Where’s the sun?

t satisfied with a dull, wet spring, the weather gods delivered more than 100mm of rain in 24 hours, Anieka Templer writes.

WE ENDED THE SEASON ON A high, smashing our farm production record by 10,000kg milksolids.

The cows dried off well and the daily frosts and sunny days made shifting cows a breeze.

It was at the end of June when Nick clearly had way too much time to think and decided it would be quite nice to look into putting collars on the cows to make life easier onfarm at mating. Being fully self-contained over three farms with more than 400 hectares to run he felt his time could be better spent elsewhere. After checking out the market we decided to go with Allflex as it fitted best with our system and the in-shed technology we already had. At the end of July the collars arrived along with our first calves and the rain. To say August and September have been challenging is an understatement. From the last week of July to the last two days of August it rained every single day. Our planned start of calving being August 4 meant we did most of the calving in rain and mud.

We are on our eleventh season on this farm and have never seen it as wet as it was this calving. We have plans for these kind of events (sacrifice paddocks and small calving pad). Although these did work for a short period, with no sun in sight we had to move on to other things like rolling straw and hay out heavily in sacrifice paddocks for the cows to have somewhere dry to calve.

We were picking calves up several times a day with a tractor and carry tray as we couldn’t get a motorbike and trailer into the paddocks without getting stuck. But we survived and so did the cows and calves.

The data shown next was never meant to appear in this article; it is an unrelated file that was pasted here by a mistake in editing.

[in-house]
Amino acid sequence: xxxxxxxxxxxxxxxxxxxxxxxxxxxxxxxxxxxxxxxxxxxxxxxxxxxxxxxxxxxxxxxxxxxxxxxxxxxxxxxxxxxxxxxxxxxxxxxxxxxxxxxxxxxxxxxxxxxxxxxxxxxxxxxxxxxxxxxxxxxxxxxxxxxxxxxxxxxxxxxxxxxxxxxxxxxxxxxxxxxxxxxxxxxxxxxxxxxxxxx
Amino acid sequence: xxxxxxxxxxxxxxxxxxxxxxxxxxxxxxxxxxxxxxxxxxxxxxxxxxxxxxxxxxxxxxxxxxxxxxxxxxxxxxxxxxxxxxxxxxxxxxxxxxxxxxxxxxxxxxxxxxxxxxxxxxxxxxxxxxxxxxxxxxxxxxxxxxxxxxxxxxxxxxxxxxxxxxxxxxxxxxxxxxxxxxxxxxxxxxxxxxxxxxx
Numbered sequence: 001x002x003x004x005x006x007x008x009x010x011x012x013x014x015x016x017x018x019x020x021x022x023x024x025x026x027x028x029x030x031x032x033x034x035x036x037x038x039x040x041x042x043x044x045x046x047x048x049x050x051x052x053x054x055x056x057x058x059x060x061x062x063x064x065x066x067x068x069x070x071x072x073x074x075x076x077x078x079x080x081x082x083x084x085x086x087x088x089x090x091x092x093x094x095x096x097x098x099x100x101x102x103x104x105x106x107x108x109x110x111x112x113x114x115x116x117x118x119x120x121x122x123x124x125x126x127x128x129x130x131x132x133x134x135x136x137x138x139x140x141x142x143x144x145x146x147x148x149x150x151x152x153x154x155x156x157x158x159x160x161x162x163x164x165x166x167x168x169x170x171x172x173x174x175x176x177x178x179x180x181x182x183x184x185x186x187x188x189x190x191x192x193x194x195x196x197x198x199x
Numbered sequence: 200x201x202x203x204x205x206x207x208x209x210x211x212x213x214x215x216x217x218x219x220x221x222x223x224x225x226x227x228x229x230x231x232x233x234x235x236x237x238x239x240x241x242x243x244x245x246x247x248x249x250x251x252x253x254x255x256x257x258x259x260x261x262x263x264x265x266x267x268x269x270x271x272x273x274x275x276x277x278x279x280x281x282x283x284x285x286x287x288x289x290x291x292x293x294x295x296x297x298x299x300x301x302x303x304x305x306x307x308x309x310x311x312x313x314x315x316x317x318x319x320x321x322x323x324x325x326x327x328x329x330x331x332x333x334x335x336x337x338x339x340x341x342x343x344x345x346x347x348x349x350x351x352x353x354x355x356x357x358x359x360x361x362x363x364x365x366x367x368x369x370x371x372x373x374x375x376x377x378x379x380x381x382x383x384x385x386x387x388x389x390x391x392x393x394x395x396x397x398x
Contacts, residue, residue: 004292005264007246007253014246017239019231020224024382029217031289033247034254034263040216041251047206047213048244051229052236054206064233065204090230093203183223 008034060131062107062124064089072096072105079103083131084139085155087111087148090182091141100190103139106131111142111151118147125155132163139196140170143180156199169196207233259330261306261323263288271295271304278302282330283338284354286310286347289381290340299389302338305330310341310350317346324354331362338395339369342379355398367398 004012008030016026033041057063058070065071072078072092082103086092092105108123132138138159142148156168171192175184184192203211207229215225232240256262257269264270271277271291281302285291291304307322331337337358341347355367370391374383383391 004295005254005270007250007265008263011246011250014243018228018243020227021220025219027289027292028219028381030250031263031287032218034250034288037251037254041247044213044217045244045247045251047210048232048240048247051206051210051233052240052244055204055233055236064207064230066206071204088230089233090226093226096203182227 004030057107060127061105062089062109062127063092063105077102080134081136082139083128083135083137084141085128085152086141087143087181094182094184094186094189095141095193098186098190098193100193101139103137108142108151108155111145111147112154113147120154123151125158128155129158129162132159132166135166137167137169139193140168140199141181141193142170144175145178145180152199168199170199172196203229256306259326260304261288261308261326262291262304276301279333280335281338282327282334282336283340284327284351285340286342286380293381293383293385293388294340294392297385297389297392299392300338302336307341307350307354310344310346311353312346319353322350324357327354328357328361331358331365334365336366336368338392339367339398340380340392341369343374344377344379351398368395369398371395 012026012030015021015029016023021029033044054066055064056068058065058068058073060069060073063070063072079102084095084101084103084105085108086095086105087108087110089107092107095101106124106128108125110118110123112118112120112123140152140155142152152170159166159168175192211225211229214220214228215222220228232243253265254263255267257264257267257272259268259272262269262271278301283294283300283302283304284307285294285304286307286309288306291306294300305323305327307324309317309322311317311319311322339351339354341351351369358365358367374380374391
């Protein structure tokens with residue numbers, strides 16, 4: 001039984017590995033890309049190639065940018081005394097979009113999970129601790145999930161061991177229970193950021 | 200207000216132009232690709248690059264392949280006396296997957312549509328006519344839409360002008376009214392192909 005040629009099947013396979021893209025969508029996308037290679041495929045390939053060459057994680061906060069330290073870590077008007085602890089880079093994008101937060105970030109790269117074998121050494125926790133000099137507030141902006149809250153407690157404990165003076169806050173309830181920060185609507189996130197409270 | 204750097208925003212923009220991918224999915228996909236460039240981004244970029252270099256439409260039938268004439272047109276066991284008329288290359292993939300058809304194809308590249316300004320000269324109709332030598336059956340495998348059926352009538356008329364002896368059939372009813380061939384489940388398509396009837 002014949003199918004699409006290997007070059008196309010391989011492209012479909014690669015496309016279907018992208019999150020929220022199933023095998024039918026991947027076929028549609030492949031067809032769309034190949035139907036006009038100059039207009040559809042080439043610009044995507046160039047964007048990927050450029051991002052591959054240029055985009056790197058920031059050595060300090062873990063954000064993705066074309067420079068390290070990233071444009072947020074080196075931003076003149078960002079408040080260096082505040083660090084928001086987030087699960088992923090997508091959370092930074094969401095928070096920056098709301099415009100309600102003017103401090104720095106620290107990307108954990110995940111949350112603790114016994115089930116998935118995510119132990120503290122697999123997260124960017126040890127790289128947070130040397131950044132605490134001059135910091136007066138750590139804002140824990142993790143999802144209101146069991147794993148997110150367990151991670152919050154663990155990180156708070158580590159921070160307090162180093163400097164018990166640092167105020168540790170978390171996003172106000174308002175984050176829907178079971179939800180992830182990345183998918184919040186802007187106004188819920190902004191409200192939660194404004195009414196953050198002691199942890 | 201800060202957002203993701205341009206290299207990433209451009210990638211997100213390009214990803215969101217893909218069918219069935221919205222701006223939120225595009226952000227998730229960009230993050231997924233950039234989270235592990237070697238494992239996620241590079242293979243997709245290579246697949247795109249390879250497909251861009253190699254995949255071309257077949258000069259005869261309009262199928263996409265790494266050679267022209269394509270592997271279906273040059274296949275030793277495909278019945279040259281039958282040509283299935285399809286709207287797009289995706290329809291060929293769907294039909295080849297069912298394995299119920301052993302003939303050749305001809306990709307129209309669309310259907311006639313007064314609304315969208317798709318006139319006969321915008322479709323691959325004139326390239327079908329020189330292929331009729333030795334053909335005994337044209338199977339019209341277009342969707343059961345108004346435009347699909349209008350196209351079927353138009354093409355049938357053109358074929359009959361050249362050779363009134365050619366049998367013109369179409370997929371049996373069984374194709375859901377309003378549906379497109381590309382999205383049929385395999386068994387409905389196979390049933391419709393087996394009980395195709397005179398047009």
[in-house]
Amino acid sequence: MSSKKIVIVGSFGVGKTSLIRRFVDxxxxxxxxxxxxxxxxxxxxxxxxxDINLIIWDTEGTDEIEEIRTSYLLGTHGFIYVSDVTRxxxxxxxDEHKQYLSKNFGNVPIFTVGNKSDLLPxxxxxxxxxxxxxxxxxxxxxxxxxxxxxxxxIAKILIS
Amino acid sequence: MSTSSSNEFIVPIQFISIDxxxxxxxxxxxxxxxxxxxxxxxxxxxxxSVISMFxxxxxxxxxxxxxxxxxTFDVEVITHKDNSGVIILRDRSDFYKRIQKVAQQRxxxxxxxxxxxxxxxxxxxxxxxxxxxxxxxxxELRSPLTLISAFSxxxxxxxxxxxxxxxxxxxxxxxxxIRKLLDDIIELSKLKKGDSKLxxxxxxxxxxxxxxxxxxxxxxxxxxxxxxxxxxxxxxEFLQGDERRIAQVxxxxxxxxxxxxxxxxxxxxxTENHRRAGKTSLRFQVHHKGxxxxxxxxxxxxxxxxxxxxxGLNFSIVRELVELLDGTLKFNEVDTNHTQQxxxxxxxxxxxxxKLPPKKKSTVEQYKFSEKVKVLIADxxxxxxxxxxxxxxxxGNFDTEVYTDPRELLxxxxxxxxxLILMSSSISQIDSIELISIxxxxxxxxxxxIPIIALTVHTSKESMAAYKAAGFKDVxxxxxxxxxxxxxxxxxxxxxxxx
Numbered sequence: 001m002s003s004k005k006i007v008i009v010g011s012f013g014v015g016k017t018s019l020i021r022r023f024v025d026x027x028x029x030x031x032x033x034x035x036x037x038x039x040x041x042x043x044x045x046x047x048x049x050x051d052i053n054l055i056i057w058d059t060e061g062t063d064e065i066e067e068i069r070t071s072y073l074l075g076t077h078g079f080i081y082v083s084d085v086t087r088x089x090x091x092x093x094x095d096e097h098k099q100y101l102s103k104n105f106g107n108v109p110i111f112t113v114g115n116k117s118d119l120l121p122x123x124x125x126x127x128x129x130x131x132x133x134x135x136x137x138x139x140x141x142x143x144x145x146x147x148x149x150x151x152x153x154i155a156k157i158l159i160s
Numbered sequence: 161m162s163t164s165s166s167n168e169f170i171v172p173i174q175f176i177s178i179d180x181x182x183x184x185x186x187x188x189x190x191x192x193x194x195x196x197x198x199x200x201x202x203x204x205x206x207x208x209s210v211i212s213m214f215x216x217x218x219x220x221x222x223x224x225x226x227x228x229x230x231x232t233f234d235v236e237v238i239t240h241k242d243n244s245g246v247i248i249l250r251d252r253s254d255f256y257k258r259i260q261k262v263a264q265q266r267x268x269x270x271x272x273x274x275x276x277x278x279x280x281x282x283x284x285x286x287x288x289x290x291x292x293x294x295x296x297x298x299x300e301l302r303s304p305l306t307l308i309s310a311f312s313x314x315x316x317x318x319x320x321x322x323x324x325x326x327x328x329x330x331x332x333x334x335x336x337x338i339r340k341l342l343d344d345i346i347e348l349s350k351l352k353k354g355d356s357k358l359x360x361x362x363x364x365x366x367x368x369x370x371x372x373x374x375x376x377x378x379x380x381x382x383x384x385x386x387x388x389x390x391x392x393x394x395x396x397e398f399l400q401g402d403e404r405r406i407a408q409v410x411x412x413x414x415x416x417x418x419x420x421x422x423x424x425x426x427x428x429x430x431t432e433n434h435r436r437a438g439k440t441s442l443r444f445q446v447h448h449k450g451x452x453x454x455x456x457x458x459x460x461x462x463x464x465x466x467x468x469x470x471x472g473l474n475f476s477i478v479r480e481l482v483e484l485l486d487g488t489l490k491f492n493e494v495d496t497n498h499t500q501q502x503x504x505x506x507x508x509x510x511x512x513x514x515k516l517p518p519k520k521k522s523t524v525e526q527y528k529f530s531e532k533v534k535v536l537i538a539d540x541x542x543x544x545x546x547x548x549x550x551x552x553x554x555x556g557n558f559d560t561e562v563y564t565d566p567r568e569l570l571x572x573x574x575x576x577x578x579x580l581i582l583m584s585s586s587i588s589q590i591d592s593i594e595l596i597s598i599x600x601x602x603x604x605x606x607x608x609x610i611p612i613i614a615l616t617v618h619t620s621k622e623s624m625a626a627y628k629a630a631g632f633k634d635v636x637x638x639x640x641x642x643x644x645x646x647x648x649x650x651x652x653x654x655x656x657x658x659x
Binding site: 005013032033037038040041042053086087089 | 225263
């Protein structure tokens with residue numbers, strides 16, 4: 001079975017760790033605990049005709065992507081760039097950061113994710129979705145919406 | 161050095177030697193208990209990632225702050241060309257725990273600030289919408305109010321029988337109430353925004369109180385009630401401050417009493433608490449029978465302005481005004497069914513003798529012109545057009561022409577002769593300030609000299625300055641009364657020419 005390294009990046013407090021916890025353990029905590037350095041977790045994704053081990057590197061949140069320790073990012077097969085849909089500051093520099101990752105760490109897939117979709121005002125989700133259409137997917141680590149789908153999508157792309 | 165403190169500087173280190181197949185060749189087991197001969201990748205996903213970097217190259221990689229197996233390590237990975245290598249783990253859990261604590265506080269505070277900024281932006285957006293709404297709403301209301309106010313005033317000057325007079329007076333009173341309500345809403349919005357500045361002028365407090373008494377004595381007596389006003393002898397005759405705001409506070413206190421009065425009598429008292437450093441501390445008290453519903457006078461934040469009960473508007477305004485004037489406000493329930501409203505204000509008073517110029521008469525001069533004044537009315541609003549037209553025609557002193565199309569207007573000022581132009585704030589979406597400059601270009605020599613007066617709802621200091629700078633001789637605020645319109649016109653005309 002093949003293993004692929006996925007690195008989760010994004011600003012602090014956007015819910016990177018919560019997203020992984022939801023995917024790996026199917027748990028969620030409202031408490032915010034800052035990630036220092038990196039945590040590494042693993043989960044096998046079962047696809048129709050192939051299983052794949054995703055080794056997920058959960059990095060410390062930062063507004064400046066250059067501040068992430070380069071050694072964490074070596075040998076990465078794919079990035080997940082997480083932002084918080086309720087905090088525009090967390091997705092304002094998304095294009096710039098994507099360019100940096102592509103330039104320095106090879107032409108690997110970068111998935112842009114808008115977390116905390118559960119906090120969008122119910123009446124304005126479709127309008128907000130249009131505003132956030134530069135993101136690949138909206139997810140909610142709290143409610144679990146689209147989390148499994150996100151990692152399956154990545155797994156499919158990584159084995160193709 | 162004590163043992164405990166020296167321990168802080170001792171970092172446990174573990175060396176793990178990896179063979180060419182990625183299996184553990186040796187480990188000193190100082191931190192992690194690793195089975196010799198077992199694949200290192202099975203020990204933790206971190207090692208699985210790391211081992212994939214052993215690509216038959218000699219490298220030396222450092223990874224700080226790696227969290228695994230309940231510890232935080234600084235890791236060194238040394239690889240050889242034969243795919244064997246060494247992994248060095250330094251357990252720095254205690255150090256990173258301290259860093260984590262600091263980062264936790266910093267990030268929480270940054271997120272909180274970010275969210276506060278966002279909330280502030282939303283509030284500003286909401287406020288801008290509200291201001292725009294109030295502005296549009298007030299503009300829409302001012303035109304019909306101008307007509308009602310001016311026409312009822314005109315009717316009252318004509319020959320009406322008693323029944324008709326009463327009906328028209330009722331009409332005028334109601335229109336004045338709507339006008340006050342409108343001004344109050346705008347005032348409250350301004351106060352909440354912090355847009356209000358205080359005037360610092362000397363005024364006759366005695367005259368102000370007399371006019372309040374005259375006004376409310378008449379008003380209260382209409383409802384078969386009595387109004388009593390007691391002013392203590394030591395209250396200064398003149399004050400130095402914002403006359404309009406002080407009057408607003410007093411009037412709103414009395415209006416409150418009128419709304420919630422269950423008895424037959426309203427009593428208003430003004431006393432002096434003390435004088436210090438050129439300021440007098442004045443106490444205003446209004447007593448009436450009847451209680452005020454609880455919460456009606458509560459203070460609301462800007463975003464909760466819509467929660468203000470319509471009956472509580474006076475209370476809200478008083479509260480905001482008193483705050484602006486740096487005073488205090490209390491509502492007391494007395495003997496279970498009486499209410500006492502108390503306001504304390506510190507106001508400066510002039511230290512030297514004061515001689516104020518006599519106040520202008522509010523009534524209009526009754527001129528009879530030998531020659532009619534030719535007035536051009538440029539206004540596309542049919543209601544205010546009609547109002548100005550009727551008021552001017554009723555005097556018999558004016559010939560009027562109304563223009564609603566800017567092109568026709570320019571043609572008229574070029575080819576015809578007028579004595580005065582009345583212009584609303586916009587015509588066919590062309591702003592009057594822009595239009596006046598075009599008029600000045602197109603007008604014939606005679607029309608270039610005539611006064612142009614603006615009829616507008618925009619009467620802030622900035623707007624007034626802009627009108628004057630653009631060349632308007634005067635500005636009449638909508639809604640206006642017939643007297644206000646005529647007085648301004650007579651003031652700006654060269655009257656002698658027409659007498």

At the start of September the sun came out briefly for 10 days which helped get grass growth going, but then the weather reverted to cold, rain and wind and on September 22 the weather gods thought we still hadn’t had our share of the rain and gave us 104.5mm in 24 hours which caused flooding over most of our farm.

Luckily no major damage was done and a week later the Northern Southland winds arrived at 170km/h taking out the power and several trees on the farm. Our staff compared our weather to monsoon season in the Philippines but colder.

On a positive note we got 206 replacement heifer calves, well above our needed number, somehow we are on par for production compared to last season, our SCC is the lowest it’s ever been, the farm is looking great with minimal damage to good pastures, the cows are in good condition, our whole team is still smiling and the collars have helped so much with rumination and transition over calving and now pre mating heats.

We are all looking forward to seeing how they will go over mating which is now only three weeks away and already is looking positive with good numbers of cows on daily.

It’s been a testing calving, but I can’t wait to do it all over again next season – hopefully with a bit more sun!